Filipino hospitality is legendary and at no time is it more evident than at the festival time. International festivals like the ones in the Philippines not only introduce us to other cultures, e.g. literary fests like the Edinburgh Book Festival, but also worldwide sports festivals of both the physical kind and the mental kind. And for those with a taste for the unusual, there is even the Hot Air Balloon Fiesta. But perhaps the best part is the food and refreshments, which are always readily available around the fiesta venue.
There is a celebration somewhere every month in the Philippines as Filipinos love to show off the produce of the land. For example, the Pahiyas Festival is held mid-May in Lucban, Quezon, and honors the history of farmers by adorning houses with the vegetables, fruits, and handicraft of the region. Remarkably, the produce can be eaten straight off the house after the festival.
Houses and street posts are often similarly decorated with lanzones during the Lanzones Festival, which is held for four days in October in Mambajao, Camiguin. Lanzones come from a type of tree in the Mahogany genus and are considered low-calorie and fiber-rich fruits. This festival weekend is also packed with street dancing, parades, and cultural shows.
Another significant feature of the Filipino food experience, especially during fiestas, is the roasting of a pig or lechon.
The Parada ng Lechon is held annually in Balayan, Batangas. The delectable lechon, the most loved festival food of all time, are dressed up in different costumes, then paraded around the towns before being taken home and eaten. The inhabitants of Batangas and Iligan celebrate the festival in January and September. So, what can you do with the leftover lechon? In less than 20 minutes, four people can enjoy of the rest of the lechon using this recipe:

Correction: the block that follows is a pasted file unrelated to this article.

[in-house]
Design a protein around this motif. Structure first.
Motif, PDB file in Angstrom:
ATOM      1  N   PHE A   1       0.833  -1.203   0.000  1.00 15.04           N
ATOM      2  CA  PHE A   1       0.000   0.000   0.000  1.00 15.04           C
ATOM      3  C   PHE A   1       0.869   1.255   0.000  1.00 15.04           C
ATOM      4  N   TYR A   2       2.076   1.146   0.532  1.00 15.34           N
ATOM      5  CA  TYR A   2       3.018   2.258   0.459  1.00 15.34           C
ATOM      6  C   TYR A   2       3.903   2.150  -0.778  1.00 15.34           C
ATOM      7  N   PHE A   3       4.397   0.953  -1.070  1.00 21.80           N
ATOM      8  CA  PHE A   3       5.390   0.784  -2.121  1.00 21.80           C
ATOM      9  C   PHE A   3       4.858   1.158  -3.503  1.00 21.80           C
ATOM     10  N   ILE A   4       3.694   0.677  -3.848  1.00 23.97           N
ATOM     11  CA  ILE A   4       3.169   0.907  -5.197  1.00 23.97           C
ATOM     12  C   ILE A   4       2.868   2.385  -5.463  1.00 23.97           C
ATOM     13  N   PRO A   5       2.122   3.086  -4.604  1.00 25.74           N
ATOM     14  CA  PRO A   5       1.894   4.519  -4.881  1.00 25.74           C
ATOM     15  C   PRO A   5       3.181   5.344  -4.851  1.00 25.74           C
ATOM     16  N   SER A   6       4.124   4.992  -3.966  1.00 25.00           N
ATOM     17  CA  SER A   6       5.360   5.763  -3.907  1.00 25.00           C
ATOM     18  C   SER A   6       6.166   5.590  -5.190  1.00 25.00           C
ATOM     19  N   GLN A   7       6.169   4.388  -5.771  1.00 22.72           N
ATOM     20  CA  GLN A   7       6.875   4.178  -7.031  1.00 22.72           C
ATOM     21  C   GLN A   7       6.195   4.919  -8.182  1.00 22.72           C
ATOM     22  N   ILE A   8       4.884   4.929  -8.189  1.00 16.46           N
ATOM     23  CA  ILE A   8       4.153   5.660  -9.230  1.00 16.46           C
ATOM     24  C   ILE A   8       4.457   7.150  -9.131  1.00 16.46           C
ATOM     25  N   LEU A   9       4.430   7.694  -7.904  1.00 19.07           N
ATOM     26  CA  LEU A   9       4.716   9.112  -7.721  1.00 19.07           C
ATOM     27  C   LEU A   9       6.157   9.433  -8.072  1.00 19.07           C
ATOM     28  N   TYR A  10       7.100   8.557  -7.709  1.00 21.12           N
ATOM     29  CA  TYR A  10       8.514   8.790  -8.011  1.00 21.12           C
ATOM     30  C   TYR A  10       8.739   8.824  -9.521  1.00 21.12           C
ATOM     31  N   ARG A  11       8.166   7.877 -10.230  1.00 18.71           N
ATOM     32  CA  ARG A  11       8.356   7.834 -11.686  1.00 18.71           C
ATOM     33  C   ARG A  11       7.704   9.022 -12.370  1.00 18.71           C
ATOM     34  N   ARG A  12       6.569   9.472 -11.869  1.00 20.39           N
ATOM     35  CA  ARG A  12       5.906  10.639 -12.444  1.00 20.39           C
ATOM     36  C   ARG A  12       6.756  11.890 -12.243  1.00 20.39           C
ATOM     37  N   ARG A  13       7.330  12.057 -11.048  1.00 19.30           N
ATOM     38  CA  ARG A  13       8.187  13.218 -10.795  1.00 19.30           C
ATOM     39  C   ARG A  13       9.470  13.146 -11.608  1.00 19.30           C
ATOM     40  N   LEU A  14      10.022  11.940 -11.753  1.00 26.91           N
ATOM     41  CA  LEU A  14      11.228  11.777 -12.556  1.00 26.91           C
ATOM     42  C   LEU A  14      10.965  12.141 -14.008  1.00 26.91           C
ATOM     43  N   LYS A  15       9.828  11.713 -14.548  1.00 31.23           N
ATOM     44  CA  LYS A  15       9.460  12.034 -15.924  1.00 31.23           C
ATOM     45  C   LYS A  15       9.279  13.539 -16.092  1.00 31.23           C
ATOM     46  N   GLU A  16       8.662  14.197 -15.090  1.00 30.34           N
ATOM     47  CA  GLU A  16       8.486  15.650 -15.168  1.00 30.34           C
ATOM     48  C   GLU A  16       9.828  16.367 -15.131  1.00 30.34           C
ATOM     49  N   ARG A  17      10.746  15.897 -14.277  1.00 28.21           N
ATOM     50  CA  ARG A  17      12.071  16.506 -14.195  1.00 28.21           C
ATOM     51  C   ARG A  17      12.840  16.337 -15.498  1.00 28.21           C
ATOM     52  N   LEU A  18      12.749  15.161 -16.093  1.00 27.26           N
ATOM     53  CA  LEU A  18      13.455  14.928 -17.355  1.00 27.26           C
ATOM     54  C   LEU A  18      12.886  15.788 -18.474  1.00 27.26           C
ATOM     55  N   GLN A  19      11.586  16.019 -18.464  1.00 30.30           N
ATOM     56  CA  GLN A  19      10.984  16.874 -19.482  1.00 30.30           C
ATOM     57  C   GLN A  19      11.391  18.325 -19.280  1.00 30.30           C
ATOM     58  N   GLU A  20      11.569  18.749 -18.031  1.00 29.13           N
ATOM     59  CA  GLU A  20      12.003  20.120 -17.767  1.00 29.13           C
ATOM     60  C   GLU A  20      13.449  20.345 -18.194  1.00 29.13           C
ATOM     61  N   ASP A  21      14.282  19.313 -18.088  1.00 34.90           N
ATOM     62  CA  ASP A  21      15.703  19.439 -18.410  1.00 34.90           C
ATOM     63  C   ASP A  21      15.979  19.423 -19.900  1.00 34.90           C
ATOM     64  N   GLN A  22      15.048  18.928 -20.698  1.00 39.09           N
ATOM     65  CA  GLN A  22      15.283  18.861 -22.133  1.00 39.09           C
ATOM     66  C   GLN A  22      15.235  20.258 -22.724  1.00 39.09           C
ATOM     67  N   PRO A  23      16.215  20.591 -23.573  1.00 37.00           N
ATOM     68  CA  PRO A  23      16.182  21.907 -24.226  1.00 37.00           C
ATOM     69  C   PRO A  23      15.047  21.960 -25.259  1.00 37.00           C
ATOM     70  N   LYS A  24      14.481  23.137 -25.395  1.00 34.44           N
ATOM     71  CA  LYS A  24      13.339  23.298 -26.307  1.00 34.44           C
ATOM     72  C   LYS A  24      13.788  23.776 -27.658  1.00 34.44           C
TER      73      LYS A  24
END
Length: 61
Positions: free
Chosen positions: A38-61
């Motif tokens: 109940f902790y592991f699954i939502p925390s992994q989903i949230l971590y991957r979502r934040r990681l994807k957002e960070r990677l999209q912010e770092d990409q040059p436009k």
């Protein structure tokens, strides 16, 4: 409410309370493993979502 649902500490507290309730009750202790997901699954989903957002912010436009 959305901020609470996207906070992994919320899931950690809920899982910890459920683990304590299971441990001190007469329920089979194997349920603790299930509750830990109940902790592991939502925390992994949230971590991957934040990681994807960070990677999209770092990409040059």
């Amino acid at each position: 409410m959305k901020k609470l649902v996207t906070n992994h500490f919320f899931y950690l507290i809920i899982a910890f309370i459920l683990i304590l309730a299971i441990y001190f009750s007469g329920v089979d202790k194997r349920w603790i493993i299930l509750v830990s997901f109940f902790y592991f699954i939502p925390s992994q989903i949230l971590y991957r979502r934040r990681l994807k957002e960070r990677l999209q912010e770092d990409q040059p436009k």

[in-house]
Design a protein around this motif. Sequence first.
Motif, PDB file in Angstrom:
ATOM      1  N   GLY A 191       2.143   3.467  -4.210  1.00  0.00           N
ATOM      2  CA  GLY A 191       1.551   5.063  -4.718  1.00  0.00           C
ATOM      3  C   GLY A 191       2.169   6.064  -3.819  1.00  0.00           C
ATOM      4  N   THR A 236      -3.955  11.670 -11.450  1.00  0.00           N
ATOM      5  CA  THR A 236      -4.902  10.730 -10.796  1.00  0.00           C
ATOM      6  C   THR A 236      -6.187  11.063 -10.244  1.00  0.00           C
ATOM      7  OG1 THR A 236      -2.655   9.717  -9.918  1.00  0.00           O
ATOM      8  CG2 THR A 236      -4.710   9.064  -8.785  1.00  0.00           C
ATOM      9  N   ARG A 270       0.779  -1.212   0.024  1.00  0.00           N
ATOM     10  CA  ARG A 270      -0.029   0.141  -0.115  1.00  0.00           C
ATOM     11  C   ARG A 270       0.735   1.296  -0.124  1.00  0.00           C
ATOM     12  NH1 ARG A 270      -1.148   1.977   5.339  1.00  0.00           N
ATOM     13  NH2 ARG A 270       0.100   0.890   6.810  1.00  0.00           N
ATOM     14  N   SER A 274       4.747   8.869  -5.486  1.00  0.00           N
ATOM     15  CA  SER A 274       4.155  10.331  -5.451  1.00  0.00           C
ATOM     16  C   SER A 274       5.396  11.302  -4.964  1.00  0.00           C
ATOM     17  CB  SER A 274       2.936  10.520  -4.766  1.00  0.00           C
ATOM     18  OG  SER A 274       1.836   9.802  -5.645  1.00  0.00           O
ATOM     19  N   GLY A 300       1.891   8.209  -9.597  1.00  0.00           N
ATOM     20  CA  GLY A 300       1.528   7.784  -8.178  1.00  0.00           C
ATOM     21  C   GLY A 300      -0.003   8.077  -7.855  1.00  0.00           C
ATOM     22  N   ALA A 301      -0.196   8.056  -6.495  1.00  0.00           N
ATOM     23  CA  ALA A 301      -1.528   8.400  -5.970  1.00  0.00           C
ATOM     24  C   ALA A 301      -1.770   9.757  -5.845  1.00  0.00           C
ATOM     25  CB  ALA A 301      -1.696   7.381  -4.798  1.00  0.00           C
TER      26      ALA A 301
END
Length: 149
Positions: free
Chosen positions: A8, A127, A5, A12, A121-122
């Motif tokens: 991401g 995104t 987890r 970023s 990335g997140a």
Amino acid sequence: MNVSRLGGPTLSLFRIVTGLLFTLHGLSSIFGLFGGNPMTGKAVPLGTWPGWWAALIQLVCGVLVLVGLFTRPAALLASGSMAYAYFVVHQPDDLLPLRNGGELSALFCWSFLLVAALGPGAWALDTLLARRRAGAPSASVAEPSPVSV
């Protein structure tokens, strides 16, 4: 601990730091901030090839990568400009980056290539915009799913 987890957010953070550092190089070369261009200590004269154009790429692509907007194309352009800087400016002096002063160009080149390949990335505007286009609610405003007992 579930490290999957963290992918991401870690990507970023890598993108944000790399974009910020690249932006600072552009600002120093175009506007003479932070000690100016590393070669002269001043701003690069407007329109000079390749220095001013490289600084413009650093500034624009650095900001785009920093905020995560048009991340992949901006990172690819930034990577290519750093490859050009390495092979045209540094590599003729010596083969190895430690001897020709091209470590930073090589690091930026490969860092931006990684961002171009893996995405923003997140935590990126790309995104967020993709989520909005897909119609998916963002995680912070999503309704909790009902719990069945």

3 cups leftover lechon
1 small bunch lettuce
4 stalks spring onions
Hoisin sauce (equal parts mayonnaise and mustard, plus honey to taste)
8 small tortilla wrappers
Slice leftover lechon into strips. Heat in the microwave or toaster oven.
Cut meat into strips and place on a tortilla. Add lettuce and a mayo-mustard sauce combo or the spring onion and hoisin sauce and enjoy.
Another proud display of natural resources is the Dinagat, which is held on the 15th of August to promote Cordova-rich marine resources such as the Bakassi or Cordova eel. Held in Cebu, this festival features a cooking contest and a dance called the Bakassi, which is symbolic of the eel. Pateros, on the other hand, is the home of the famous balot, another exotic Filipino food. Featured in the Balot sa Puti Festival, which is held on 31st of January, balot is a fertilized duck egg, noted for its developing chicken or embryo.
Suman Festivals are held in February in Aurora and in May in Antipolo, with its signature attraction the Suman rice cake, which is made from a sticky rice cooked in coconut milk and wrapped in banana leaves, buli, or buri palm (Corypha). It is then steamed to produce the famous glutinous rice cakes.
Filipinos have a great affinity for celebration and food. They also take pride in their traditional dishes. And as the world moves toward healthy and organic meals, the Filipinos are exploring new ways to tweak traditional cuisine, making the food all the more appealing.